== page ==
I’ve been fortunate enough to have many different guests come to visit in 2019, with more on the way before the end of the year. Some even coming two or three times. It can seem hectic, but it’s also a great way to re-experience the best parts of the Netherlands and introduce your guests to a home different from their own.
I remember when I had my first visitor I was stuck on what to do, there were almost TOO many things to do. Things to do can also entirely depend on what season it is, especially if your guests have booked well in advance, so it’s good to look at your options now. So hopefully this simple, yet sassy expat guide with places to visit in the Netherlands will give you some ideas. I’ll try and keep it as short and as sweet as I can.
*Warning, anyone who know me, knows that I like puns… puns and memes ahead.
Places to visit in the Netherlands; Autumn
In my opinion, Autumn is one of the best seasons in the Netherlands. The canals and streets are coated in shades of brown leaves. The place just looks sort of magical when this happens. I’ll keep this one to a minimum, seeing as autumn is almost over.
- If your guests are into house music, ADE (Amsterdam Dance Event), is an awesome event to go to in the Autumn (Mid-October 2018). It involves 5 days of artists playing in various locations in Amsterdam. It’s hugely popular and attracts guests from all over the world. Nestled amongst this period is also AMF (Amsterdam Music Festival), held in Amsterdam Arena.
- Annually, different cities in the Netherlands hold a museum night. In Amsterdam it’s the first Saturday of November. This involves around 50 different museums opening from 7pm – 2am, putting on workshops, tours, concerts and other special events. One museum ticket gains you access to all of these museums all night. It’s a great way of doing them all on the cheap.
- Eindhoven GLOW is a free event held in November in Eindhoven (this year 11th – 18th Nov). It is a lightshow, which involves over thirty light sculptures (mainly outside), which illuminate Eindhoven as you walk through the city. It’s a really cool event, and probably not something your friends and family have seen before (plus, like I said, it’s FREE).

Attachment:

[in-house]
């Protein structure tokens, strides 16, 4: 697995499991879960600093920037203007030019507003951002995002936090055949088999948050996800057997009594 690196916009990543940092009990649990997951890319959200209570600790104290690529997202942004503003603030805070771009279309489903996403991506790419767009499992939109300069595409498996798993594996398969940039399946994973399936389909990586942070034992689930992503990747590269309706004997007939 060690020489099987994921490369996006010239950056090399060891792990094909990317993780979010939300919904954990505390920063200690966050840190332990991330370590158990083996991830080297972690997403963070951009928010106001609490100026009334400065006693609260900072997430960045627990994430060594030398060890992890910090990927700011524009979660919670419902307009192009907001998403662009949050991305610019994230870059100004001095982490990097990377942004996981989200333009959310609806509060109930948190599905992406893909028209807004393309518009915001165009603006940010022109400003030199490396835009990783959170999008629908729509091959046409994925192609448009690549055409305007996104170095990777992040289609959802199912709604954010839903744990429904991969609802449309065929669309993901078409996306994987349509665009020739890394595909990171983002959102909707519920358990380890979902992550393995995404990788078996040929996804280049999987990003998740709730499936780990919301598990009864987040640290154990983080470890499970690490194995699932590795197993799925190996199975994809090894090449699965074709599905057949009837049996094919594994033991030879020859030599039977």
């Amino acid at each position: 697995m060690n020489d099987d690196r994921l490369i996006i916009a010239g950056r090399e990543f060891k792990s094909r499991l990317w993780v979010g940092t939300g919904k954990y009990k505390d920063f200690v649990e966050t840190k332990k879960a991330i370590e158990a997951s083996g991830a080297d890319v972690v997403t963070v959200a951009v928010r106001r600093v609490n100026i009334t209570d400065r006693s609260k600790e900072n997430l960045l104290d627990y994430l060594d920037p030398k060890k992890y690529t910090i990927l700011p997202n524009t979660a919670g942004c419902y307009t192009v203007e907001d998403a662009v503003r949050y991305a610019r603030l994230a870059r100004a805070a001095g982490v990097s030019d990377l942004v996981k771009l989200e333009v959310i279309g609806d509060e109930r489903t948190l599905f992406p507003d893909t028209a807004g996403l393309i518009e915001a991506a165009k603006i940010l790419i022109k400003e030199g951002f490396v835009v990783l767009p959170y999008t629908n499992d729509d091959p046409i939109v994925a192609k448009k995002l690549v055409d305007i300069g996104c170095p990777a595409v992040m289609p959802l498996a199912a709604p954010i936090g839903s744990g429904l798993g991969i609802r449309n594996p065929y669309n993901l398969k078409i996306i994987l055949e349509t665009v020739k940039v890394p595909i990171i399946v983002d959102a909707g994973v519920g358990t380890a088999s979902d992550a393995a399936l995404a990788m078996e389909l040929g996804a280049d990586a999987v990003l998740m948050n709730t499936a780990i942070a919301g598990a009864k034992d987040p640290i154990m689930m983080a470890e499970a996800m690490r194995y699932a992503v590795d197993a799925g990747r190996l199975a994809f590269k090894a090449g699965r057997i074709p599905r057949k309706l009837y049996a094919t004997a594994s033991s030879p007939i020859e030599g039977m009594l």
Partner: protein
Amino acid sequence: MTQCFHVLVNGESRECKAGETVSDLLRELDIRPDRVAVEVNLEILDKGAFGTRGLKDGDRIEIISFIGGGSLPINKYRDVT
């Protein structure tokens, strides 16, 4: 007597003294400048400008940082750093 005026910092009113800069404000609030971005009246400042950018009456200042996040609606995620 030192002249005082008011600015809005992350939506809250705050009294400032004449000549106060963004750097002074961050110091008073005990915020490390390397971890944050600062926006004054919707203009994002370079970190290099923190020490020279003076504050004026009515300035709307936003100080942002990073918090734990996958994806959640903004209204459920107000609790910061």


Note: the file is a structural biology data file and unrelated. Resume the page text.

Winter in the Netherlands
Not meaning to go all Christmassy on you – but lets be honest, that’s the best part about the winter season.
- Valkenburg holds an amazing Christmas market and it’s close to the border of both Germany and Belgium (from 17th Nov – 23rd Dec). It’s in a cave! It’s a must visit during the Christmas period, as it’s so unique. It’s perfect for gifts and has all the Dutch favourites, like a load of cheese stalls, so your guests will have lots to bring home.
- Another beautiful place for a Christmas market is held in Heemskerk (situated between Alkmaar and Haarlem). It’s held in the castle grounds of Assumburg Castle. The perfect place to enjoy a mulled wine and Dutch doughnut treats (between 7th-10th Dec).
- If you are after something a bit different, in Deventer on the 16th and 17th December, there is a Christmas market and Charles Dickens festival. This is to celebrate the British authors most loved characters. More than 950 of his characters come to life, with music, market stalls and other high street shops being open all day.
Enough about Christmas…
- Similar to Eindhoven Glow (but on a much smaller scale), Amsterdam also holds it’s own light festival (1st Dec – 22nd Jan). These lights are spread all over the centre of Amsterdam – in the canals, on buildings, in parks and more. It’s the perfect excuse to explore Amsterdam at night.
New Year’s Eve!
How could I forget. It’s probably worth mentioning that New Year’s Eve can be different to other countries. One main point being that there is a national ban on the purchasing on fireworks, apart from three days leading up to New Year’s Eve (with the exception of professional displays). As a result you will see more fireworks than you have probably ever seen in your life. I’m from a city in England which hosts the British Fireworks championships, so I thought I was well prepared. I wasn’t. It’s definitely something for your guests to experience at least once!
Also don’t forget to introduce them to the tradition of eating Oliebollen at midnight. They are a delicious food not to be missed out on.
Obviously celebrations will be held everywhere in the Netherlands, but if you are looking from something bigger, then look no further. Here are my top three:
- Amsterdam: Being the obvious choice, the capital has a lot of celebrations going on. The official celebration takes place at Oosterdock, with VOC The Ship Amsterdam as the perfect backdrop for a firework display. Lots of fireworks are set off all along the main canals and squares unofficially by the visitors and locals too, and the whole city sky is just flooded with light.
- Rotterdam: Rotterdam holds a spectacular New Year’s Eve (being the 2nd biggest city and all), with a professional firework display being held on the iconic Erasmus Bridge. Outside there is music and bars and the atmosphere is top. There are also lots of after parties in nearby clubs.